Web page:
More than 2,500 years ago it was an important salt and trade center . It emerged in the Preclassic period as a permanent settlement of Mayan families engaged in fishing and obtaining salt.
Carlos Álvarez, archaeologist attached to the Center for Mayan Studies of the UNAM, explains that this site stands out as one of the oldest Mayan populations that have records . Xcambó is known to be the main source of salt in Mesoamerica , it even managed to control several ports in the area. It is considered by experts as one of the largest areas on the peninsular coast.
The Mayans took advantage of the shelter provided by coastal marshes, a significant port for commercial and salt development in pre-Hispanic times. Its name means " celestial crocodile " or " place where bartering takes place ".
The salt flats of Xcambó are an unusual landscape. They are located on the northern coast of the Yucatan Peninsula, between the Chicxulub Crater and the Flamingos Route. Its geology is the result of the giant impact of an asteroid that caused a great cataclysm 66 million years ago, creating the " Ring of the Cenotes " and natural pools of limestone in the open sky.
The cenotes formed for the Maya the basic element for the sustenance and growth of their ancestral civilization, managing to have a cosmic relationship between the effects of the meteorite impact and the surprising development of the Mayan civilization .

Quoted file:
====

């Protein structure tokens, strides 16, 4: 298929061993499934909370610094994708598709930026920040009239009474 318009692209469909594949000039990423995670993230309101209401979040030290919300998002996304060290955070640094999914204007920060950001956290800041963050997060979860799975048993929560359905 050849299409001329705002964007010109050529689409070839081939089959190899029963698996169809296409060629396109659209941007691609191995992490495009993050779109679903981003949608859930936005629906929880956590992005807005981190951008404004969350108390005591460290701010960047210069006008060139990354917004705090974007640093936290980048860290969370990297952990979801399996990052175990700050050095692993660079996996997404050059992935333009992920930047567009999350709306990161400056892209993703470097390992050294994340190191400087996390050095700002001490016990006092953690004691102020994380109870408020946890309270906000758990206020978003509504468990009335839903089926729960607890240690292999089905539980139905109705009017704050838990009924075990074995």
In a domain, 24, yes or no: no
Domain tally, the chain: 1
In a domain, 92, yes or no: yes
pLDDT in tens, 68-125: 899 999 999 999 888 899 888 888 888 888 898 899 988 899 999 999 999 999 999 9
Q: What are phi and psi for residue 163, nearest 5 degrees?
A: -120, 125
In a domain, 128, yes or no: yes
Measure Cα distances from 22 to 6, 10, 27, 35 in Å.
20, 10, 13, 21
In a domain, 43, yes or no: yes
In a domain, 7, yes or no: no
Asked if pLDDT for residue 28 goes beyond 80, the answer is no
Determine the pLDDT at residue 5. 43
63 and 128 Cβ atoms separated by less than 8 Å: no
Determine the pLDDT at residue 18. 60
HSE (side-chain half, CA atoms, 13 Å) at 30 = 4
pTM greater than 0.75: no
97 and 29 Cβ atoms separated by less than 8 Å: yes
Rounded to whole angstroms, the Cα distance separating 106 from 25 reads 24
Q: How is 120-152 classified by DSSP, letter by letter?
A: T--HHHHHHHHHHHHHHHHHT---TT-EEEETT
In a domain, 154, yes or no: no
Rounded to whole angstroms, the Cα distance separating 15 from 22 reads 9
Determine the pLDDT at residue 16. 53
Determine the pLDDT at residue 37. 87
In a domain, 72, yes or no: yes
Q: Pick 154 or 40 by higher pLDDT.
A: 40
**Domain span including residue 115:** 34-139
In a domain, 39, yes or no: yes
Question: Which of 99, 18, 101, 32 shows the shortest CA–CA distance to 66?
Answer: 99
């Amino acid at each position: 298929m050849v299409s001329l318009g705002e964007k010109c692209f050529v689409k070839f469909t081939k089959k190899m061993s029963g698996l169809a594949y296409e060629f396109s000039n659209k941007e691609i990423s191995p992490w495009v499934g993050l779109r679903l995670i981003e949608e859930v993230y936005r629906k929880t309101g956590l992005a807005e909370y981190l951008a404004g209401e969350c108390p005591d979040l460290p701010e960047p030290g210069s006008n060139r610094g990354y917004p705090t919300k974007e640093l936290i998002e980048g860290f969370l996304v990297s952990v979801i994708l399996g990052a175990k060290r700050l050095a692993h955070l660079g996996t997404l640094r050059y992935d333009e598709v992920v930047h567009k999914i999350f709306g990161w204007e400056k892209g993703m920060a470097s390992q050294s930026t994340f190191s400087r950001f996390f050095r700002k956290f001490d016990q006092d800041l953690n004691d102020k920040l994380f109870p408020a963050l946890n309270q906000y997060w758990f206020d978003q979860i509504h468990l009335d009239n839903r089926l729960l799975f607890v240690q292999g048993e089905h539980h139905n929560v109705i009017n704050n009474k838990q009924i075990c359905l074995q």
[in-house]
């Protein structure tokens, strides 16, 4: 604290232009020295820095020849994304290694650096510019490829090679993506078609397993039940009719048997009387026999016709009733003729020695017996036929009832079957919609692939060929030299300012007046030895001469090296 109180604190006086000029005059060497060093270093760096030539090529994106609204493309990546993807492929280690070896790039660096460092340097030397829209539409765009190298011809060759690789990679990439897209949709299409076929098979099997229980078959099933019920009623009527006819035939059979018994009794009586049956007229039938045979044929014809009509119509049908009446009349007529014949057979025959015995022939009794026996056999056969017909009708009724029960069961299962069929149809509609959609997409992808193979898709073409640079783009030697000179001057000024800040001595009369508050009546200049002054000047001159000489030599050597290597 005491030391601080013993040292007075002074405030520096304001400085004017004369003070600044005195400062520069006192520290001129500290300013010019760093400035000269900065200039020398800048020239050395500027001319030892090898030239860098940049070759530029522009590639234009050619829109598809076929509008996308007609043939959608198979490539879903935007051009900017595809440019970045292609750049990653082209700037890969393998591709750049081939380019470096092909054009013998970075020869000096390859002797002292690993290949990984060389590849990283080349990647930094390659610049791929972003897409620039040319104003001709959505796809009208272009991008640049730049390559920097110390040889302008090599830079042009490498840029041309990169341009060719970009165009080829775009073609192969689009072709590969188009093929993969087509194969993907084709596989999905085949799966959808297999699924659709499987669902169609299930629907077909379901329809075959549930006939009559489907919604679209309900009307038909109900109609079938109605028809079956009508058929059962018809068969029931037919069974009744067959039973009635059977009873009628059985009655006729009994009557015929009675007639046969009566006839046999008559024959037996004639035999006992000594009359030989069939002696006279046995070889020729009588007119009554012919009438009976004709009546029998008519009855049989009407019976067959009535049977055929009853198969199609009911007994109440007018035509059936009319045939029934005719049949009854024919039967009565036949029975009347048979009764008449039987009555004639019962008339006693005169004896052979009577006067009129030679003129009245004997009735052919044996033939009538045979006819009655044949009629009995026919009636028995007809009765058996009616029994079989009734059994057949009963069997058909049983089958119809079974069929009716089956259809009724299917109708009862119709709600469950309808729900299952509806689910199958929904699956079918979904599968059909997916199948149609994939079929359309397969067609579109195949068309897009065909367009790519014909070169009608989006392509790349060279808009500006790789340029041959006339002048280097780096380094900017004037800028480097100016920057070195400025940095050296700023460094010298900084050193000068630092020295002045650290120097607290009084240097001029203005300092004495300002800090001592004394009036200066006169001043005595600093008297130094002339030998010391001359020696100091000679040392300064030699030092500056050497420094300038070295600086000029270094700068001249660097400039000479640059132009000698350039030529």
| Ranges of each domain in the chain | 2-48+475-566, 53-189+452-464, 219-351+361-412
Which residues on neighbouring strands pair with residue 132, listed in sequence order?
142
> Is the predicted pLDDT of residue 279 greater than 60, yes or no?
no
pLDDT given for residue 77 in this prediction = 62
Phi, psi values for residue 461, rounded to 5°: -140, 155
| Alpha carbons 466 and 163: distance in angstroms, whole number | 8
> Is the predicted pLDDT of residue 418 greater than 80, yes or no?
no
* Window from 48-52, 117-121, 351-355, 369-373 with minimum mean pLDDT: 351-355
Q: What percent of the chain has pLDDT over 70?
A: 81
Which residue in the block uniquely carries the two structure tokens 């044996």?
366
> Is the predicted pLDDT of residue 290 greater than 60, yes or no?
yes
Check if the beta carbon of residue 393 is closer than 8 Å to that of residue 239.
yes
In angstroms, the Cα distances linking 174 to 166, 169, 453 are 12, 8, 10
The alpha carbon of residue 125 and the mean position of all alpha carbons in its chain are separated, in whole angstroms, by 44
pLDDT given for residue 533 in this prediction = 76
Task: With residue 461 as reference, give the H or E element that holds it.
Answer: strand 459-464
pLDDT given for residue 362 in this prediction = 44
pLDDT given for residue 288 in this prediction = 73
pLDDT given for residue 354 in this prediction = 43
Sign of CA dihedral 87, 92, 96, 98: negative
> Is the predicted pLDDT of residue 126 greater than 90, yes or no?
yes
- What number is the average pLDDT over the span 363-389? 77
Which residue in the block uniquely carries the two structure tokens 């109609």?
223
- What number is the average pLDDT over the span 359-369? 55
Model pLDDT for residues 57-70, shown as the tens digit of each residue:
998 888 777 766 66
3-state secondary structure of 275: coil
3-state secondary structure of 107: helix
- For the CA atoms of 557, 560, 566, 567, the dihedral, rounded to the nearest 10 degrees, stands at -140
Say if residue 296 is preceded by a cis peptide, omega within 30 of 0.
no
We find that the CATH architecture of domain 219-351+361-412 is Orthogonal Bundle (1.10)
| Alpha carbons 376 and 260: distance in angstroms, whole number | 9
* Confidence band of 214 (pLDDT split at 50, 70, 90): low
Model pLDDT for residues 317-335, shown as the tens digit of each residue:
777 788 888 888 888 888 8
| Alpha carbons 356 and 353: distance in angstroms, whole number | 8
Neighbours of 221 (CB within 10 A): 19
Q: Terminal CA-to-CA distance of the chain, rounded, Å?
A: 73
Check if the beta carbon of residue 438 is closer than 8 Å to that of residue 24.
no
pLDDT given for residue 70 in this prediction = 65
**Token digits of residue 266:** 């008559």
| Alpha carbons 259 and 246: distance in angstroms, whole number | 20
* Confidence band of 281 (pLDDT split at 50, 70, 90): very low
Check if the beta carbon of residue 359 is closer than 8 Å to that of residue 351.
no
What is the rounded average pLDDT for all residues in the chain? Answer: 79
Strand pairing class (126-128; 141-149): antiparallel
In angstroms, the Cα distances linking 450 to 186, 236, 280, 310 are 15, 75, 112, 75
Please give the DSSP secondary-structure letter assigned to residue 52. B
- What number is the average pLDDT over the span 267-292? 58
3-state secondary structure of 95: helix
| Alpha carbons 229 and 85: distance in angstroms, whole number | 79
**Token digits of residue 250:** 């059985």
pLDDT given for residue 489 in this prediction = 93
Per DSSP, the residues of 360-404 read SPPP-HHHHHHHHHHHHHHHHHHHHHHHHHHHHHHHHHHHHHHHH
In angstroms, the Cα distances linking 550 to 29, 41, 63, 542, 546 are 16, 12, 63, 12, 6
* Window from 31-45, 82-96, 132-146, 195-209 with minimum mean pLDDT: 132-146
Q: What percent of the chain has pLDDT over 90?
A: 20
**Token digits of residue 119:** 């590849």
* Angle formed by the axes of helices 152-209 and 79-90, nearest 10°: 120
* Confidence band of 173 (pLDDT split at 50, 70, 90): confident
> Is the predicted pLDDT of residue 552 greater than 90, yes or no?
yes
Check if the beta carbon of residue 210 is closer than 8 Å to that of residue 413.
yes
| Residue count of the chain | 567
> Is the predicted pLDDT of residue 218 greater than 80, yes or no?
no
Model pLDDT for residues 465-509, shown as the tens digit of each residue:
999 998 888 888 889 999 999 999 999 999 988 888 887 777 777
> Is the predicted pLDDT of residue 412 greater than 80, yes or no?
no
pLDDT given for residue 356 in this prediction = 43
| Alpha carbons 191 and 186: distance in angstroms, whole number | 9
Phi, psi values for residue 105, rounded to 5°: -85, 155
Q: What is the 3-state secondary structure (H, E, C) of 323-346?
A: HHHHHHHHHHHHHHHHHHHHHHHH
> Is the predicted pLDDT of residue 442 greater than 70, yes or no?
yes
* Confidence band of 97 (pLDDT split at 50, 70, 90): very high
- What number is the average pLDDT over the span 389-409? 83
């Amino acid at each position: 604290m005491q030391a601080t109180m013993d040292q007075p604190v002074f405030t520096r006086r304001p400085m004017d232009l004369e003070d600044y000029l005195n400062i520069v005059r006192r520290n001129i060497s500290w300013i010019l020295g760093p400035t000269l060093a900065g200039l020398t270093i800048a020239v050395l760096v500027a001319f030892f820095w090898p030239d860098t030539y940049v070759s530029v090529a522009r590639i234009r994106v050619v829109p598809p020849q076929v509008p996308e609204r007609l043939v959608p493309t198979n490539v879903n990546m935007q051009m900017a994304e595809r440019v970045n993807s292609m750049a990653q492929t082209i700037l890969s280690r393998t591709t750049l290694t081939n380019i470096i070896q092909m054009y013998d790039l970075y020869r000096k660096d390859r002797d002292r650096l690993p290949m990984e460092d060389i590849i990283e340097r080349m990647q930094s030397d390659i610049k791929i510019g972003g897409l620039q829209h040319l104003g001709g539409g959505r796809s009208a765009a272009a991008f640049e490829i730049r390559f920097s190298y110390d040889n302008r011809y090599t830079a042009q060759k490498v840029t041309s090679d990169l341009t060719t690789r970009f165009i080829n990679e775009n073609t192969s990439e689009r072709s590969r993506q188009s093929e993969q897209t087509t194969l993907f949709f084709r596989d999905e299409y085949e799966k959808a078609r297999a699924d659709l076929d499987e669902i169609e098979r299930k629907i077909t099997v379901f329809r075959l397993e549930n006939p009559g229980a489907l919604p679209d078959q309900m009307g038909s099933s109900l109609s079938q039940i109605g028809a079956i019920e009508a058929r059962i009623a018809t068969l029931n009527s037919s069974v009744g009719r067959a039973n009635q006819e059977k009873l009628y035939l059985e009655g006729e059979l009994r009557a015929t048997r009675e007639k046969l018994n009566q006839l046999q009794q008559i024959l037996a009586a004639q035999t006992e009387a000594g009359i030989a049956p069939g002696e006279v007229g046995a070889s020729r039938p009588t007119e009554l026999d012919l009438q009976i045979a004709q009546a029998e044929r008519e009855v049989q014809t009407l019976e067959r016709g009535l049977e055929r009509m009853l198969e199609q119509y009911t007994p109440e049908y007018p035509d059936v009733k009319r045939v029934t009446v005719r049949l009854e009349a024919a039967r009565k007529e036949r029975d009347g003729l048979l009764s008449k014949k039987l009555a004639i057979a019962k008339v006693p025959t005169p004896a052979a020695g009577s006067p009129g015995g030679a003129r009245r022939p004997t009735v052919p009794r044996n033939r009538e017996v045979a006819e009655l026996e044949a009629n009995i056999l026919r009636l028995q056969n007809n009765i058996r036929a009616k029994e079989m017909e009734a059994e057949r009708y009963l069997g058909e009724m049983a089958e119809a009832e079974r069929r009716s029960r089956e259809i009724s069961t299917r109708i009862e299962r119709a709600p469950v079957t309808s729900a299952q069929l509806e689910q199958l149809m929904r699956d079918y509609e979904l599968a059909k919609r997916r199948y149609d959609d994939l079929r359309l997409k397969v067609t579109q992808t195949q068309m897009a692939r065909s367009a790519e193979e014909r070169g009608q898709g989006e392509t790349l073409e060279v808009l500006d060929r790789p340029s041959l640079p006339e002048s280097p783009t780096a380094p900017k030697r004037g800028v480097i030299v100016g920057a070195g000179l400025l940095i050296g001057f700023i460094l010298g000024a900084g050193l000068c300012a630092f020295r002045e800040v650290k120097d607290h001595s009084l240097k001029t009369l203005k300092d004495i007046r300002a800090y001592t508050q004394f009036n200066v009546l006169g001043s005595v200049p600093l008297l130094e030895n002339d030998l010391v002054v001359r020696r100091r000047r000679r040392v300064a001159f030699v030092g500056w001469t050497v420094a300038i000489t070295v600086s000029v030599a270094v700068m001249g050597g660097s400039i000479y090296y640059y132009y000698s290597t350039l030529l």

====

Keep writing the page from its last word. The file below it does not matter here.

This unusual ecosystem allowed the Mayans to obtain this peculiar salt by means of the solar evaporation of rainwater contained in large pools systems. They had the habit of collecting it, 4 or 5 months after the rains. The marshes are flooded, the salt is crystallized in large lumps, even forming small pyramids .
Xcambó: Mayan Ancestral Sales
Salt is the oldest and most used additive in food. Salt played an important role in their daily lives. Besides being an essential ingredient of daily food, it was used as a preservative in fish preserves, leather tannery, medicine, and in rituals.
Xcambó controlled the production of extensive salt areas known as Salinas de Xtampú. There are archaeological and also ethnohistorical data in the General Archive of the Indies, such as the document entitled " Salinas de Yucatán " (year 1605) indicating that the salinas in that period were still in production.
Despite the centuries, the same situation continues today. Some work is done to retain the rainwater and let it evaporate. When the Xcambó salt flats are crystallized , the nearby population assists in collecting the salt and distributes it to the community.
Xcambó, magical land, where the past becomes present . Land of stories and eternal wonders, friendly people and customs that contrast with modernity.